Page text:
But he has a dark secret.

He loves heavy metal music.



Metallica, Anthrax; he loves the screeching guitars and the thrumming of the drums.

“I never grew out of the ’80s,” he said.

The 36-year-old Democratic candidate for state auditor said his passion for thrash metal is something he’s carried with him even as he traveled the world.

In Cambodia, while opening the country’s first privately-owned IT company, he also made time to share his musical tastes with the people, he said. For a year he tried his hand as a disc jockey. Unfortunately, the people of Cambodia were not ready for the sounds of Black Sabbath, Iron Maiden or Megadeth, and he was let go.

But as his music career went up in smoke, his small startup, Digital Divide Data, grew from 20 employees to 83 in just two years.

The company was started by a group of Harvard graduates, including Keller. It employs people in Cambodia, Laos and Kenya, many of whom are disabled or impoverished, according to the company’s website.

In 2003, Keller realized that what he really wanted was to come home to New Mexico and help the state he’d grown up in, so he said he stepped down as the company’s president and packed his bags.

“As much as I enjoyed what I was doing, my true vocational calling was really public service,” he said. “I came back home to New Mexico and got involved in anything I could — neighborhood associations, interned up at the roundhouse — and just tried to learn the ropes.”

This chapter of his life has gone pretty well for Keller so far. He was elected to the state Senate in 2008 and now spends his free time helping people in his senate district, including spearheading the effort to rename the area the “International District,” he said. If Keller wins the auditor’s race in November, it will be his second political office, although he toyed with the idea of running for governor in 2013.

He said that while he does want to continue in politics beyond the state auditor position, Keller also thinks his background in business and finance makes him especially qualified for the auditor role.

“The auditor position, I think, is really special in New Mexico,” he said. “And it fits my professional background — my finance and accounting background — as well as what I’ve done in the Legislature.”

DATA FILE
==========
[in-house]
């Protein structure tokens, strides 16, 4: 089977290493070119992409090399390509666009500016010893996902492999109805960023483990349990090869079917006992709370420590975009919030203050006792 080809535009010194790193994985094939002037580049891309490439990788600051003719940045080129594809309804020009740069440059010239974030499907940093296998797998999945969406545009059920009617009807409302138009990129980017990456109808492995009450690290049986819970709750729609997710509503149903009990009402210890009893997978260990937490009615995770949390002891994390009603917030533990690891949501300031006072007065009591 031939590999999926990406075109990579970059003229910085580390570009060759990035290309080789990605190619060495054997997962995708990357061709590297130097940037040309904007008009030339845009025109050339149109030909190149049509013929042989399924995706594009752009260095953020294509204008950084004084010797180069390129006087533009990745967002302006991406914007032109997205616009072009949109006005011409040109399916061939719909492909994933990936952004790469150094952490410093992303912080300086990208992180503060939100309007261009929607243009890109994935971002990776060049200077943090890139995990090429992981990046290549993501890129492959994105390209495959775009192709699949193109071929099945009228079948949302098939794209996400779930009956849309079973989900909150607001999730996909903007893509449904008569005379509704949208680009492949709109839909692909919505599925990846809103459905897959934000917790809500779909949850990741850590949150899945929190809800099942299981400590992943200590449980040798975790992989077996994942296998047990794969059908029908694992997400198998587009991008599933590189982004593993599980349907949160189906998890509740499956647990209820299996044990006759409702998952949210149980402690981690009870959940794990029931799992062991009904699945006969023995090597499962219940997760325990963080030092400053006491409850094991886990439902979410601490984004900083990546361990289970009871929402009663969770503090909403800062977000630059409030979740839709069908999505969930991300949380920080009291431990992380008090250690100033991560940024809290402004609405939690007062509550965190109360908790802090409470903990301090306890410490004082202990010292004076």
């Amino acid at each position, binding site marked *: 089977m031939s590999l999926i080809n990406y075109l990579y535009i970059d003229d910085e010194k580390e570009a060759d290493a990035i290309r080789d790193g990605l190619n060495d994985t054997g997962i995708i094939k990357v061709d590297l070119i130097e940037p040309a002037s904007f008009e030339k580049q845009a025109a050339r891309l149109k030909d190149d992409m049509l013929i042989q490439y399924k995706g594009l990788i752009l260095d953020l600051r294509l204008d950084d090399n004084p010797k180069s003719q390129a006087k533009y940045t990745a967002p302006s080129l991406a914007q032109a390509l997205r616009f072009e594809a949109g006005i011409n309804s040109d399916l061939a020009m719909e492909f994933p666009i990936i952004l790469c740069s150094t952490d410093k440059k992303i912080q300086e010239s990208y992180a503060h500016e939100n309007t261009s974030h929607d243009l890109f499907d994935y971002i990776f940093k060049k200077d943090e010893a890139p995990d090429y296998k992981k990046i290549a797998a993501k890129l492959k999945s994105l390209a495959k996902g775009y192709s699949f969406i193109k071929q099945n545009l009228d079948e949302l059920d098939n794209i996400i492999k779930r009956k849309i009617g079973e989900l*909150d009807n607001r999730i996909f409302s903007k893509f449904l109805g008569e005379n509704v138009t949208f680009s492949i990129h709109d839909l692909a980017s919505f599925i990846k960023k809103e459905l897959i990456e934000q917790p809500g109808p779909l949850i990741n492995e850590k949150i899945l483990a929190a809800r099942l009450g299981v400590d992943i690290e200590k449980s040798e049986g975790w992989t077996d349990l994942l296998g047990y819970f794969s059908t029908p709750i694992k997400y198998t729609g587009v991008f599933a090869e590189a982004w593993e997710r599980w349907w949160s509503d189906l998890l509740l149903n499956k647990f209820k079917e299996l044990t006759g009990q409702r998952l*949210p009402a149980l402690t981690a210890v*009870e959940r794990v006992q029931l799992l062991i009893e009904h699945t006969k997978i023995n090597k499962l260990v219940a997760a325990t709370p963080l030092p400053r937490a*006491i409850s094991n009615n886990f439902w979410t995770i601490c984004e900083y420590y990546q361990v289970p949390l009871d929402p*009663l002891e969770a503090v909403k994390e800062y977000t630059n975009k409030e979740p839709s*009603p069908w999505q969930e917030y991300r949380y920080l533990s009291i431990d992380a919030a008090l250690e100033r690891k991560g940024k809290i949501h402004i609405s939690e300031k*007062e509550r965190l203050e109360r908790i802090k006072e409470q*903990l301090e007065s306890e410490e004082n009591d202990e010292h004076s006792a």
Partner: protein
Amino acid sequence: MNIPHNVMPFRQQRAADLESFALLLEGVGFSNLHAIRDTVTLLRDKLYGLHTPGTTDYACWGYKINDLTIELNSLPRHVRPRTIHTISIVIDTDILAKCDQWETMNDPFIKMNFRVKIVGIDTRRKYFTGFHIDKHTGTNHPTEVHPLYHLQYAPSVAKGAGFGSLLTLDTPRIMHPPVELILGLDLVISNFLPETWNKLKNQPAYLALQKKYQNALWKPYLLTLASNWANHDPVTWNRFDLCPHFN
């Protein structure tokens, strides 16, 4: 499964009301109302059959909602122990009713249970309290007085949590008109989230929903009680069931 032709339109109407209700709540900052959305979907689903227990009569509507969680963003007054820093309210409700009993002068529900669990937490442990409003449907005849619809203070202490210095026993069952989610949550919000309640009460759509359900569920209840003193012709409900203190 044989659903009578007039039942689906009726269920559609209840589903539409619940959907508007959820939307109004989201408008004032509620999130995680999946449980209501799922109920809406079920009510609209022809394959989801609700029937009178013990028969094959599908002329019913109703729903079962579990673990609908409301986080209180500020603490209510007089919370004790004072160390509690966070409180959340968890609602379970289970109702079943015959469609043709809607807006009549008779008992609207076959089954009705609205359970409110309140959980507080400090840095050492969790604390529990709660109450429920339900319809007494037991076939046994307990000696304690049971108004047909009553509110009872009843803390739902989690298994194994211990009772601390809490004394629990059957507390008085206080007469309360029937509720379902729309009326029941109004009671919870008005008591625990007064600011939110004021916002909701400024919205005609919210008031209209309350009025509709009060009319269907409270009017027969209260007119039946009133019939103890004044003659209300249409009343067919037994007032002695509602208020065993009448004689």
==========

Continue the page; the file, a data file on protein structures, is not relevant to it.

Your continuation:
The race for the position has so far been a strong one. He said his opponent, Republican Robert Aragon, is a seasoned, articulate politician who knows what he’s doing.

Aragon agreed that the race had been exciting so far. Of Keller, he said, “I like him; he’s a good guy. He seems to be sincere, and that’s a good thing.”

Keller said the state auditor office is an important, if often overlooked, position that needs more attention than it’s gotten in the past. The current state auditor, Hector Balderas, has done a lot to refine and complete the duties of the position, but Keller said he thinks he can take that legacy further.

“I think it’s important to admit, on the surface, it’s not the most glamorous position. It’s doesn’t have a lot of sex appeal — no one grows up and says, ‘I really want to be the auditor of the state of New Mexico,’” he said. “But it’s extremely important, because there is no other independent entity whose job it is to essentially work better.” Among other things, employees in the office audit the spending of every agency that receives state money.

Whether or not Keller wins the election, he said he will continue in public service. Regardless of the election outcome, Keller will keep his Senate seat until the next election cycle.

As for his DJ career, he has at least one fan: his 1-year-old daughter Maya.

Jyllian Roach and Aaron Anglin are journalism students in the Communication and Journalism Department. Roach is also the editor-in-chief at the Daily Lobo, Anglin is the multimedia editor there. This story first appeared on the New Mexico News Port.